Funerals for two of the 49 victims killed in the shooting at a Florida gay nightclub were marked by tense scenes, as an impatient driver was accused of injuring two law enforcement officers.
Two Osceola County Sheriff’s deputies on motorcycles were injured at the funeral procession for Jean Carlos Mendez in Kissimmee, Florida, on Saturday, when a driver cut through the cortege and struck them with her car, according to a statement on the sheriff’s Facebook page.
The deputies were taken to the hospital, where both were in stable condition, said the sheriff’s spokeswoman Twis Lizasuain.
At the funeral of another victim, Christopher Leinonen, at a church close to the centre of Orlando, a handful of protesters from the Kansas-based anti-gay Westboro Baptist Church stood silently for about 45 minutes.
They were blocked from view of those attending the funeral by about 200 counter-protesters, some holding rainbow screens, who cheered when the Westboro members left.
Authorities are still investigating what motivated Omar Mateen to kill 49 people at the popular gay nightclub Pulse in the early hours of last Sunday, perpetrating the deadliest mass shooting in US history. Mateen was later killed in a shoot-out with police.
The shooting has sparked a new push for gun control legislation and Congress is expected to vote on proposals starting next week, including one on stopping people on terrorism watch lists from buying guns.
Democrats, including President Barack Obama, are framing gun restrictions as a national security issue after Mateen professed loyalty to Islamist militants. But authorities believe he was “self-radicalised” and acted without any direction from outside networks.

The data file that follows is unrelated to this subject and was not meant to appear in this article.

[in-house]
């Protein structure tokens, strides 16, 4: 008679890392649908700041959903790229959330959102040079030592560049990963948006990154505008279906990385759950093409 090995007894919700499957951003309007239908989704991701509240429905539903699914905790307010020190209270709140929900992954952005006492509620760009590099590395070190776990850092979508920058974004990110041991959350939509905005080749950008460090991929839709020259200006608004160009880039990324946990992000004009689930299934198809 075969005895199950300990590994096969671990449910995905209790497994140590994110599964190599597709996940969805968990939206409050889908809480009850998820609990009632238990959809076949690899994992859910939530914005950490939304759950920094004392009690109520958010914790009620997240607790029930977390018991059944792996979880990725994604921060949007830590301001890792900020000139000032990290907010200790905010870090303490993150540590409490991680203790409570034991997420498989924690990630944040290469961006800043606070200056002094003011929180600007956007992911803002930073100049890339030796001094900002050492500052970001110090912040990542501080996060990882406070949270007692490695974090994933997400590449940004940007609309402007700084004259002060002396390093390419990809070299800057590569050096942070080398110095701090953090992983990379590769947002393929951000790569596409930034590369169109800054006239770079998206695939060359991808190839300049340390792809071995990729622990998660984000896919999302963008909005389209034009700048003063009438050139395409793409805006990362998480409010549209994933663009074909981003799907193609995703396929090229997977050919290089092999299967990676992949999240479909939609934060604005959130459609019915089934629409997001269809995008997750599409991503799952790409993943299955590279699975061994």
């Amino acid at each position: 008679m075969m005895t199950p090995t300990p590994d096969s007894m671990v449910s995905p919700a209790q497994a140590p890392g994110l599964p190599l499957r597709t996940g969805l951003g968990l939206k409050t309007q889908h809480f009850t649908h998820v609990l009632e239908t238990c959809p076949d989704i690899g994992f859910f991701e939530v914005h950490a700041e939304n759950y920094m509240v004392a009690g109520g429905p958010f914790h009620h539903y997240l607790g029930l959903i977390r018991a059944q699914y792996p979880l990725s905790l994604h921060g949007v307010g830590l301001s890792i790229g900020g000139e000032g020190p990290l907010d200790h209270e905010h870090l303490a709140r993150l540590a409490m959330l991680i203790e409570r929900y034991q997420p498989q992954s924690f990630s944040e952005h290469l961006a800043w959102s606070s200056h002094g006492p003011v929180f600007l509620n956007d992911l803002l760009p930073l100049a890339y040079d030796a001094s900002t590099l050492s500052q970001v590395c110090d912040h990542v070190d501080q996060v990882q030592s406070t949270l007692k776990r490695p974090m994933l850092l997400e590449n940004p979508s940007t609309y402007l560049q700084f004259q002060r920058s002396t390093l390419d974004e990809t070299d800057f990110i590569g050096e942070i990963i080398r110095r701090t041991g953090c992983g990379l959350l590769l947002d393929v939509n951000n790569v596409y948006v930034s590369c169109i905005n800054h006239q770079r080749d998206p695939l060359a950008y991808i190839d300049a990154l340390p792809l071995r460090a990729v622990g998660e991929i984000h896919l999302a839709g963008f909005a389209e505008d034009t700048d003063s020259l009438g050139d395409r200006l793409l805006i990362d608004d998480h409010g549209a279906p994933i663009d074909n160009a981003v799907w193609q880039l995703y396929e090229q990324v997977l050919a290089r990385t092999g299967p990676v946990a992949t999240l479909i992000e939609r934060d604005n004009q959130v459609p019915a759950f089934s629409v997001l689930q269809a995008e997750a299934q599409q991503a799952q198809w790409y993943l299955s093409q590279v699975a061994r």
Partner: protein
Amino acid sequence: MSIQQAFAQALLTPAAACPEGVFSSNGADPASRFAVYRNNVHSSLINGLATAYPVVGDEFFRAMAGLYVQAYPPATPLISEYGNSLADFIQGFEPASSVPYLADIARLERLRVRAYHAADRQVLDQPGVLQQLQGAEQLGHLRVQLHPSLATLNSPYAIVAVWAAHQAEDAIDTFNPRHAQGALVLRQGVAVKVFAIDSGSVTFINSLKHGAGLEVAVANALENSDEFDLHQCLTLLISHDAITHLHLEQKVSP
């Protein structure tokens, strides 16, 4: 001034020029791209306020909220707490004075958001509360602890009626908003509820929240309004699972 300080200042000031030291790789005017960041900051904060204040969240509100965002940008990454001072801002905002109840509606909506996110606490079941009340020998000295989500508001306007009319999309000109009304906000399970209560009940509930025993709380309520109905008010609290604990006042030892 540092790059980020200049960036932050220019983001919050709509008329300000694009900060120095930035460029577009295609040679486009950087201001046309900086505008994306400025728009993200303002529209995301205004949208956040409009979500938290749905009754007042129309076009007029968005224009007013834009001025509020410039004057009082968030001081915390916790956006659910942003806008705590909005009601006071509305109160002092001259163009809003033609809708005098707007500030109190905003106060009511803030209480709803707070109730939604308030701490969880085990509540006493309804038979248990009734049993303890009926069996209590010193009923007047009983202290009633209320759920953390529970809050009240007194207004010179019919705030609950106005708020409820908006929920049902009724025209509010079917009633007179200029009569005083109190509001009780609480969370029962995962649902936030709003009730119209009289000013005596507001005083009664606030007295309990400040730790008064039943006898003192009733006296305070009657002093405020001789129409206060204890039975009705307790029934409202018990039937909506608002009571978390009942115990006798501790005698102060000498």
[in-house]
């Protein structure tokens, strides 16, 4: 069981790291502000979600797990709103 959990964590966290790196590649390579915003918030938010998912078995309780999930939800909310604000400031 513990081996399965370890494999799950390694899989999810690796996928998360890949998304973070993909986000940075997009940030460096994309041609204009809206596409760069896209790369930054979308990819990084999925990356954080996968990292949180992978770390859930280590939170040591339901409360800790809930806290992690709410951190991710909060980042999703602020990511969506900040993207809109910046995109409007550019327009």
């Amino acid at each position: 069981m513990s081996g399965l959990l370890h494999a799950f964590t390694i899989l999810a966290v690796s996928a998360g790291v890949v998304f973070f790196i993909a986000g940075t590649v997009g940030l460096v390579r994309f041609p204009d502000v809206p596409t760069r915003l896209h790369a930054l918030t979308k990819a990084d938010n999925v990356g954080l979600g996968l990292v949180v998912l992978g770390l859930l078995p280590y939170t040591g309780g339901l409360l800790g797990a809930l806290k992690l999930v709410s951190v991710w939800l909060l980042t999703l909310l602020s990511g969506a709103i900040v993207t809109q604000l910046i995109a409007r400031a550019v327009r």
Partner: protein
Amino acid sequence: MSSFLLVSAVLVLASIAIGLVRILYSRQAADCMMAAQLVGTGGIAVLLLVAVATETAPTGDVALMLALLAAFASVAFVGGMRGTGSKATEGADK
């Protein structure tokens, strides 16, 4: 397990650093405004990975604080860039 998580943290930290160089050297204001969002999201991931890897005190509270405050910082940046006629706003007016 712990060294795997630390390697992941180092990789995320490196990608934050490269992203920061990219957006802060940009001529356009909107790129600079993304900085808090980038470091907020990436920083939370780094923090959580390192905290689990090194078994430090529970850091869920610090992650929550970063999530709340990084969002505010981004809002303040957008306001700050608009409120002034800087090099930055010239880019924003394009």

The number of people killed in lone wolf massacres is increasing, as is the number of incidents, in a violent trend that has national security experts worried.
On the surface the killing of British Labour MP Jo Cox by Tommy Mair, 52, was motivated by opposition to Britain remaining in the European Union, and the Orlando massacre by Mateen, either by homophobia or Islamic extremism. They appear to have little in common.
But experts say there are in fact a number of commonalities, with increasing numbers of ideologically motivated killings from lone wolves taking up arms against the state.
Associate Professor of Sociology at Victoria University Ramon Spaaij told The New Daily that rather than being members of groups, many of the recent killers had been inspired by them.
“Rather than clearly and solely being politically motivated, which is how we think about terrorism, it is a complex mix of political motivation and personal grievance,” he said.